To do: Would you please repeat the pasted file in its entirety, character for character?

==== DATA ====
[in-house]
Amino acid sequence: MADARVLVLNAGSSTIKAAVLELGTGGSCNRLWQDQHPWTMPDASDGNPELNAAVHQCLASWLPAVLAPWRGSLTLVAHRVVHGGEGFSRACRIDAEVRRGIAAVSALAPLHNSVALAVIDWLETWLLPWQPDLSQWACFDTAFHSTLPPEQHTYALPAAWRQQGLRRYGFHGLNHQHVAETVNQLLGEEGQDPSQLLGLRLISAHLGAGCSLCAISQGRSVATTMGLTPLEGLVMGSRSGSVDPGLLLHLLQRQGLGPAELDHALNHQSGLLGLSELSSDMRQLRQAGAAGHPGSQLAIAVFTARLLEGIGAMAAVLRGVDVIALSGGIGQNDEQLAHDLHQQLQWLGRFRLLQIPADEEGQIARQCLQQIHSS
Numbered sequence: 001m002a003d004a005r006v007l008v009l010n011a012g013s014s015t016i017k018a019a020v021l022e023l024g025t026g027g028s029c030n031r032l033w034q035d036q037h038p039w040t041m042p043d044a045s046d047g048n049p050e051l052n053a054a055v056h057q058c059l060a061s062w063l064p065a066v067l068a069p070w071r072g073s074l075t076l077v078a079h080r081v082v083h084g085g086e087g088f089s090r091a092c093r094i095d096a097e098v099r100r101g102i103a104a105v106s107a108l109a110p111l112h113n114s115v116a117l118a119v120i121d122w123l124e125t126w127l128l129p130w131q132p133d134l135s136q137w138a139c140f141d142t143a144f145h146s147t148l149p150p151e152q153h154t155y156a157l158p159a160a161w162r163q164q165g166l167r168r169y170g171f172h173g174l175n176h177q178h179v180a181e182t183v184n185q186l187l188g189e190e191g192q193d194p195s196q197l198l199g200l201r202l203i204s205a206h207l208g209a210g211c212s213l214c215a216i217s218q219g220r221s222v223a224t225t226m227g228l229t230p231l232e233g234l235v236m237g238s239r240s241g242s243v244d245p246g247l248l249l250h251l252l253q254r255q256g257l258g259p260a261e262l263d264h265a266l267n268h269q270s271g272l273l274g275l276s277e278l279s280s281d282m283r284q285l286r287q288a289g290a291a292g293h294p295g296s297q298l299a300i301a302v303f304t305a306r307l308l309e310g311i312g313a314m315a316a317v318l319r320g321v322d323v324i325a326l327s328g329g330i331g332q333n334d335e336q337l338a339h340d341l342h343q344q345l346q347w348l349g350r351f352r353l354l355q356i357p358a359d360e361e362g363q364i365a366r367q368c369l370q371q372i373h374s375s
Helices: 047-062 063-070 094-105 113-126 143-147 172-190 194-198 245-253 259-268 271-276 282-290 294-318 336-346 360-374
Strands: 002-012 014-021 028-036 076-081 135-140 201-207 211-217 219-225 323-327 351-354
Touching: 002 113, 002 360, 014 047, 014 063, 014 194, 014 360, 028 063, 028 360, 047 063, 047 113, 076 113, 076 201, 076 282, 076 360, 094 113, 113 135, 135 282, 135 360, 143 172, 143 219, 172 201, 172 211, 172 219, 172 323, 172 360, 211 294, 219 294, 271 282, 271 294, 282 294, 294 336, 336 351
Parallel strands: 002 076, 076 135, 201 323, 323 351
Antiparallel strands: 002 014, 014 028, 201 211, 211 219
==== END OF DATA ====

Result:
[in-house]
Amino acid sequence: MADARVLVLNAGSSTIKAAVLELGTGGSCNRLWQDQHPWTMPDASDGNPELNAAVHQCLASWLPAVLAPWRGSLTLVAHRVVHGGEGFSRACRIDAEVRRGIAAVSALAPLHNSVALAVIDWLETWLLPWQPDLSQWACFDTAFHSTLPPEQHTYALPAAWRQQGLRRYGFHGLNHQHVAETVNQLLGEEGQDPSQLLGLRLISAHLGAGCSLCAISQGRSVATTMGLTPLEGLVMGSRSGSVDPGLLLHLLQRQGLGPAELDHALNHQSGLLGLSELSSDMRQLRQAGAAGHPGSQLAIAVFTARLLEGIGAMAAVLRGVDVIALSGGIGQNDEQLAHDLHQQLQWLGRFRLLQIPADEEGQIARQCLQQIHSS
Numbered sequence: 001m002a003d004a005r006v007l008v009l010n011a012g013s014s015t016i017k018a019a020v021l022e023l024g025t026g027g028s029c030n031r032l033w034q035d036q037h038p039w040t041m042p043d044a045s046d047g048n049p050e051l052n053a054a055v056h057q058c059l060a061s062w063l064p065a066v067l068a069p070w071r072g073s074l075t076l077v078a079h080r081v082v083h084g085g086e087g088f089s090r091a092c093r094i095d096a097e098v099r100r101g102i103a104a105v106s107a108l109a110p111l112h113n114s115v116a117l118a119v120i121d122w123l124e125t126w127l128l129p130w131q132p133d134l135s136q137w138a139c140f141d142t143a144f145h146s147t148l149p150p151e152q153h154t155y156a157l158p159a160a161w162r163q164q165g166l167r168r169y170g171f172h173g174l175n176h177q178h179v180a181e182t183v184n185q186l187l188g189e190e191g192q193d194p195s196q197l198l199g200l201r202l203i204s205a206h207l208g209a210g211c212s213l214c215a216i217s218q219g220r221s222v223a224t225t226m227g228l229t230p231l232e233g234l235v236m237g238s239r240s241g242s243v244d245p246g247l248l249l250h251l252l253q254r255q256g257l258g259p260a261e262l263d264h265a266l267n268h269q270s271g272l273l274g275l276s277e278l279s280s281d282m283r284q285l286r287q288a289g290a291a292g293h294p295g296s297q298l299a300i301a302v303f304t305a306r307l308l309e310g311i312g313a314m315a316a317v318l319r320g321v322d323v324i325a326l327s328g329g330i331g332q333n334d335e336q337l338a339h340d341l342h343q344q345l346q347w348l349g350r351f352r353l354l355q356i357p358a359d360e361e362g363q364i365a366r367q368c369l370q371q372i373h374s375s
Helices: 047-062 063-070 094-105 113-126 143-147 172-190 194-198 245-253 259-268 271-276 282-290 294-318 336-346 360-374
Strands: 002-012 014-021 028-036 076-081 135-140 201-207 211-217 219-225 323-327 351-354
Touching: 002 113, 002 360, 014 047, 014 063, 014 194, 014 360, 028 063, 028 360, 047 063, 047 113, 076 113, 076 201, 076 282, 076 360, 094 113, 113 135, 135 282, 135 360, 143 172, 143 219, 172 201, 172 211, 172 219, 172 323, 172 360, 211 294, 219 294, 271 282, 271 294, 282 294, 294 336, 336 351
Parallel strands: 002 076, 076 135, 201 323, 323 351
Antiparallel strands: 002 014, 014 028, 201 211, 211 219